“For instance, VW has installed software in eleven million diesel-powered vehicles (discovered so far; there could be more!) that produce false results when the vehicles are officially tested by the relevant agencies to establish the level of carbon emissions the vehicles produce. And where VW has led the way, others are certain to follow suit; after all, motor vehicle manufacturers have been stealing secrets from each other for years!”

I added: ”Of course, the Governmental agencies that have been fooled will fine VW heavily. But can the safety of humankind on earth be exchanged for fines?”

My grand-daughter sighed.
I became depressed, as I heartily tucked into grilled tilapia, on behalf of my age group, for clearly, we have failed our offspring who are to inherit the earth after us. What sort of earth shall we leave behind for them? Will my great-great-great grand-children have any tilapia to eat? Blast — I come to have lunch with my lovely grand-daughter and the question on her mind is the eventual fate of herself, her unborn children and THEIR UNBORN CHILDREN?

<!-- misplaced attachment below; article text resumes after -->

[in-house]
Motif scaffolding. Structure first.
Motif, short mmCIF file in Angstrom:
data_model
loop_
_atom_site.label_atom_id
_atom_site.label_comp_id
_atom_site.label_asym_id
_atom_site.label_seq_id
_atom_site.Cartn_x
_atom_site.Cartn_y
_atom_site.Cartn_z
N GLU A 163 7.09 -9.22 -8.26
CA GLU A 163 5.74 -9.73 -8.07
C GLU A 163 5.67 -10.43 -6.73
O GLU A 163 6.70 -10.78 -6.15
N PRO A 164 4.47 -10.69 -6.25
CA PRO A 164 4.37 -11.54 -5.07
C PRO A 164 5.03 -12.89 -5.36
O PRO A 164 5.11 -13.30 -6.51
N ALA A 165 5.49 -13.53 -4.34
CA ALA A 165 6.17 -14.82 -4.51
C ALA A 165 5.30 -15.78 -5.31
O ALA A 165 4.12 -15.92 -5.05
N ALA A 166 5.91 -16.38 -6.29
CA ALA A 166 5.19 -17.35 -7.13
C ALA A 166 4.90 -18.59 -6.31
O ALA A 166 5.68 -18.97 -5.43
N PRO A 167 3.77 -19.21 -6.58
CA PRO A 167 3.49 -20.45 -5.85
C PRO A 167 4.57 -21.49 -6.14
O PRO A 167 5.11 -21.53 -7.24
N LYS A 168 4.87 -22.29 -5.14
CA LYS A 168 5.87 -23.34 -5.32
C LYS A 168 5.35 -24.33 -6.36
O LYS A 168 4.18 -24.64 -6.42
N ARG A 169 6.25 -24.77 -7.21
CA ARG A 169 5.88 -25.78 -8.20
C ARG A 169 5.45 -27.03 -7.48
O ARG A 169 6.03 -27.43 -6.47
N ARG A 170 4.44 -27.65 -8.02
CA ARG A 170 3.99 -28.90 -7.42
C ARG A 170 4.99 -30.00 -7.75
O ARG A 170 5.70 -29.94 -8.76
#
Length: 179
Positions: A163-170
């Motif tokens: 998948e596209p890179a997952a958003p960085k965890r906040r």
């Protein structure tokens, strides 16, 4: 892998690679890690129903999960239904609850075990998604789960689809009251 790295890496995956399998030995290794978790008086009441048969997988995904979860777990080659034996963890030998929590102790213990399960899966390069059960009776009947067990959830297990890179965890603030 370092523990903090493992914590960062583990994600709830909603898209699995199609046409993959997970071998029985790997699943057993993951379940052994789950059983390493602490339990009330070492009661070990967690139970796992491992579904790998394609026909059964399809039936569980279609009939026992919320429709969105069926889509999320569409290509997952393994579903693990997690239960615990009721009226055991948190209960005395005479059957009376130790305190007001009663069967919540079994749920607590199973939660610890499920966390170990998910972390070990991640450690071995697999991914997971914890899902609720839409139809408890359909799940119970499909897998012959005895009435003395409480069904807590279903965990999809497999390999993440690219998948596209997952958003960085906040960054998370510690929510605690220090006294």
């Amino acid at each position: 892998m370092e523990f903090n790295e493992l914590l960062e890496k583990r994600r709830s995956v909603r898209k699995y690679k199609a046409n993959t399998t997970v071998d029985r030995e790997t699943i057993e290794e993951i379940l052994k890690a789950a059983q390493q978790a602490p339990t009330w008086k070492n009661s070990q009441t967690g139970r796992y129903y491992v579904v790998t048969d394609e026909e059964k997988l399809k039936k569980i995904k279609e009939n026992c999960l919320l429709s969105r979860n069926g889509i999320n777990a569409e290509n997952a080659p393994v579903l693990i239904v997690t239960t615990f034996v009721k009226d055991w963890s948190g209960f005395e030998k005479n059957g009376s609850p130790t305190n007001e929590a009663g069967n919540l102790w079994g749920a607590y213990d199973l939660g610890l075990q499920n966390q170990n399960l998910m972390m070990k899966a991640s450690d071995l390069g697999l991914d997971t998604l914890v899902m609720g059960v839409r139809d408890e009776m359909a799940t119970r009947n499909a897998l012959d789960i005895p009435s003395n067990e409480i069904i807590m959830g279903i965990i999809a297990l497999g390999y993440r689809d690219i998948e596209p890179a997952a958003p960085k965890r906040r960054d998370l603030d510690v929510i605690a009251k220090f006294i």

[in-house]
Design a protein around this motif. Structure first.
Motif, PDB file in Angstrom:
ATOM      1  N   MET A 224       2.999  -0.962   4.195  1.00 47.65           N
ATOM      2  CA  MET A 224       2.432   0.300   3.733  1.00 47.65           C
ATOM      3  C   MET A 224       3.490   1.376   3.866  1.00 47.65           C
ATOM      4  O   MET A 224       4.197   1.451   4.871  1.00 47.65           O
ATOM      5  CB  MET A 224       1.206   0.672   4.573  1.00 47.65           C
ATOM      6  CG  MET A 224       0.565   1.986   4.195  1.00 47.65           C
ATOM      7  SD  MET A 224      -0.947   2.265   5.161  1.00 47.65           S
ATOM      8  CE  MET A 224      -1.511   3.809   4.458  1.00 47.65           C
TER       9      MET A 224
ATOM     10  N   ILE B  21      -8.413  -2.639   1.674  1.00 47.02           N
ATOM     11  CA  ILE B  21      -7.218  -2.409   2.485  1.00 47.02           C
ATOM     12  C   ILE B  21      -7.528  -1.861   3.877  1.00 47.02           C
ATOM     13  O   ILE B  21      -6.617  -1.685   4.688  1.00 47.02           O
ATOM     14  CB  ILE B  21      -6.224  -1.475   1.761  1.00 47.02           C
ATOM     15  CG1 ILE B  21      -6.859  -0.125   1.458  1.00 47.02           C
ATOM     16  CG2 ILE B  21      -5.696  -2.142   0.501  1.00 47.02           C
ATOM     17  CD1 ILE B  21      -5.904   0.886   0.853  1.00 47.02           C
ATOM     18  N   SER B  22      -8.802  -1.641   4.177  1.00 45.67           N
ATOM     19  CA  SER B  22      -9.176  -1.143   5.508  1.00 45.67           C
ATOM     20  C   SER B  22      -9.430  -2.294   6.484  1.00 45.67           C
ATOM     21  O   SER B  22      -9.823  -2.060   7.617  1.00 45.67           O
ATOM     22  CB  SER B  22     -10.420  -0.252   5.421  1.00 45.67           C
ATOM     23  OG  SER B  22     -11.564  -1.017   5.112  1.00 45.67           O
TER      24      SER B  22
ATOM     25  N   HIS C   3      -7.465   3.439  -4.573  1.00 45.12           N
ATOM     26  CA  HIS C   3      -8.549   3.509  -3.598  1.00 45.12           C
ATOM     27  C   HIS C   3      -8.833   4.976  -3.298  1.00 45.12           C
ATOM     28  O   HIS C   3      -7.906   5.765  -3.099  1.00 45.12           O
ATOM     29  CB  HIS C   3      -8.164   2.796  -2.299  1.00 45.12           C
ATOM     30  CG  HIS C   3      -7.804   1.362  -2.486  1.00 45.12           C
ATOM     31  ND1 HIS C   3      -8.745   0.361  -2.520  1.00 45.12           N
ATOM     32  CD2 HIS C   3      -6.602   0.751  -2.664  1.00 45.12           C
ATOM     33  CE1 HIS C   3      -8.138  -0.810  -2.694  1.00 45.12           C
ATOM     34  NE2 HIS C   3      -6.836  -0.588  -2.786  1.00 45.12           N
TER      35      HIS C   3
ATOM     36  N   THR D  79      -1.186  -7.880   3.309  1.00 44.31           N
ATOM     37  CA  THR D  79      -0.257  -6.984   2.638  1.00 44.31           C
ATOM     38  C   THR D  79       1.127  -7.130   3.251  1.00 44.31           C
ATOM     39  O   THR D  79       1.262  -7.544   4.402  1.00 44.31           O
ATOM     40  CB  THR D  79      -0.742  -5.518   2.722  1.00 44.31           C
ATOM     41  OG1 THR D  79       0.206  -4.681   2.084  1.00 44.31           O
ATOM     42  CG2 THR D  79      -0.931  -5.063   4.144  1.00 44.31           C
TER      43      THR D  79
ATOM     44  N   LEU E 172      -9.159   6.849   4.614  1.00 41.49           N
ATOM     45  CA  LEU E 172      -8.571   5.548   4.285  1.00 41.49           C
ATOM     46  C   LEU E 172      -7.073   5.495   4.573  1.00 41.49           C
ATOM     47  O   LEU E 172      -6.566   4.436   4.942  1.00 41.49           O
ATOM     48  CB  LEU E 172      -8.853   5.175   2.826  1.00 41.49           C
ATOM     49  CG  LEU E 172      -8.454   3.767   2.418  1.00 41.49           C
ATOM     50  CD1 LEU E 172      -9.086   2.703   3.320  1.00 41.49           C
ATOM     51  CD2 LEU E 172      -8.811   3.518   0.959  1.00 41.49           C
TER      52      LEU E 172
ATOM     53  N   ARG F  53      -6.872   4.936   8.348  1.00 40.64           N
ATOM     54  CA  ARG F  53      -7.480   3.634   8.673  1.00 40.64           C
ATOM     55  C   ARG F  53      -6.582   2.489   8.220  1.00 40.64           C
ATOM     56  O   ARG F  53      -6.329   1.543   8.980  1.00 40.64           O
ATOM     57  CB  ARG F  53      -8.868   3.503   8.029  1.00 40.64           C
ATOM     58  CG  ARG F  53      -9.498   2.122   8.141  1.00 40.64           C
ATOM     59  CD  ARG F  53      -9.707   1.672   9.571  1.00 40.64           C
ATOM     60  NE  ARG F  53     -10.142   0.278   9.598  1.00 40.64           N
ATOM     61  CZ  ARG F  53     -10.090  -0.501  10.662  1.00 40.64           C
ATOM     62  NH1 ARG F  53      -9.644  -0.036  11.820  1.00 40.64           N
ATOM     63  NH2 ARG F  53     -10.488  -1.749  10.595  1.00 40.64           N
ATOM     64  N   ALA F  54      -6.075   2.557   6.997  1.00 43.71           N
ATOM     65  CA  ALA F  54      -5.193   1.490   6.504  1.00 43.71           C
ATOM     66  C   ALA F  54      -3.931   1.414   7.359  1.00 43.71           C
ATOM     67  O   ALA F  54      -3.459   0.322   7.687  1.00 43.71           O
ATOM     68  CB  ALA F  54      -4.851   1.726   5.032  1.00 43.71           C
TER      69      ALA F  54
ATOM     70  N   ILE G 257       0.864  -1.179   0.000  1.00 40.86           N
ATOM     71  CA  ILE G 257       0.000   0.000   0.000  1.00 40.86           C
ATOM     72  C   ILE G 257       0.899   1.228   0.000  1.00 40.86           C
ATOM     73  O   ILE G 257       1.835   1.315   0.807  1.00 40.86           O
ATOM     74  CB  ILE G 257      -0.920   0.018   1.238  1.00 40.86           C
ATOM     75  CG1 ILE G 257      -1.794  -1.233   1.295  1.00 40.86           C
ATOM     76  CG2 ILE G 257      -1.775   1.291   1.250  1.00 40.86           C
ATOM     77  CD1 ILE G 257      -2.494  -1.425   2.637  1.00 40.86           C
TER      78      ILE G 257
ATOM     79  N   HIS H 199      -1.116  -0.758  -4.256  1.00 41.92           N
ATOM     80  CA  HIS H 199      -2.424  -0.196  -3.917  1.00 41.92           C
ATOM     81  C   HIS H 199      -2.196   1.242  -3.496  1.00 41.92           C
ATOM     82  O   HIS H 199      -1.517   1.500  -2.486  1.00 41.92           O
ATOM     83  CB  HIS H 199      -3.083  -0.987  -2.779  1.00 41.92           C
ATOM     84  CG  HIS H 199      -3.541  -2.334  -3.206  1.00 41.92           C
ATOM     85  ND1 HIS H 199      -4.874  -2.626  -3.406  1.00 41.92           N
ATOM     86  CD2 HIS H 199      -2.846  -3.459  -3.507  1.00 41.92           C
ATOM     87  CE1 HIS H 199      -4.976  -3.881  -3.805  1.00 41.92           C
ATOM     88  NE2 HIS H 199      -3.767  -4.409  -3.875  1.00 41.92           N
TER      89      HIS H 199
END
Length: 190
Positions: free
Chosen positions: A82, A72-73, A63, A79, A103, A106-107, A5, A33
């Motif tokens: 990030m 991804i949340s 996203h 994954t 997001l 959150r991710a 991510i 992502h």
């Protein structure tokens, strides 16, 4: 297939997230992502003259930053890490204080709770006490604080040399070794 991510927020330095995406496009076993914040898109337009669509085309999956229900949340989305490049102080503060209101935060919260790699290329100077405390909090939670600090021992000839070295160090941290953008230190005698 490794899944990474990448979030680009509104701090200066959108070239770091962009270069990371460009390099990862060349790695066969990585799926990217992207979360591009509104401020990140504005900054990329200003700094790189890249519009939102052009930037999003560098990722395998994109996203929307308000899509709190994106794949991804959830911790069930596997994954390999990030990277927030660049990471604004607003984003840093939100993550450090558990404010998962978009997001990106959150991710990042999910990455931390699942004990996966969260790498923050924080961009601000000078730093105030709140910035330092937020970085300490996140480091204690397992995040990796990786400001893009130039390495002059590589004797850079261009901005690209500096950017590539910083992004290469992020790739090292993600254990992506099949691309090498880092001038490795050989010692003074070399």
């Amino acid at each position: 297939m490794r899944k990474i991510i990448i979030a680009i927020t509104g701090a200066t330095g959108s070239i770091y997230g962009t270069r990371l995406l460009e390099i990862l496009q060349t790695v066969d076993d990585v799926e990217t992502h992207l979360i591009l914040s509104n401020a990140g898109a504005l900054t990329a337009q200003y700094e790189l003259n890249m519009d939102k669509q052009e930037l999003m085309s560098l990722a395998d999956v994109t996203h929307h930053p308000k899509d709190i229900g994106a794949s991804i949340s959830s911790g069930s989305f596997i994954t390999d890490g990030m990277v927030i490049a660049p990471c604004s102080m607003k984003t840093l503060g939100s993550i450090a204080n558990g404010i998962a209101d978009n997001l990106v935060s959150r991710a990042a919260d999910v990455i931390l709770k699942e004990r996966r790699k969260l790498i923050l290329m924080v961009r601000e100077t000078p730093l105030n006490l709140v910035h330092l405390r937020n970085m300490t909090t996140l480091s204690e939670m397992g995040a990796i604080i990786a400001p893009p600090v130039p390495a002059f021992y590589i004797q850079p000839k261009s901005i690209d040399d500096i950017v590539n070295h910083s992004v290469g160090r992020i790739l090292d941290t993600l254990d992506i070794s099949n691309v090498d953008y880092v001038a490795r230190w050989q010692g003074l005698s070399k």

This is a matter that must concern all of us. Greatly.

In Ghana, for instance, some people in authority have been arguing that coal-fired generators (which, by the way, are being phased out by countries like China, which have at last embraced the fact that they cause a myriad of illnesses as well as creating a hole in the ozone layer) should be imported to help solve our Dumsor (shortage of power) problem! I pray the Chinese Government not to agree, if it is ever asked to issue licences for coal-fired generators to be exported to Ghana. For I know that the Chinese Government has adequate technical expertise to be fully informed that such plants produce atmospheric pollutants that kill humans.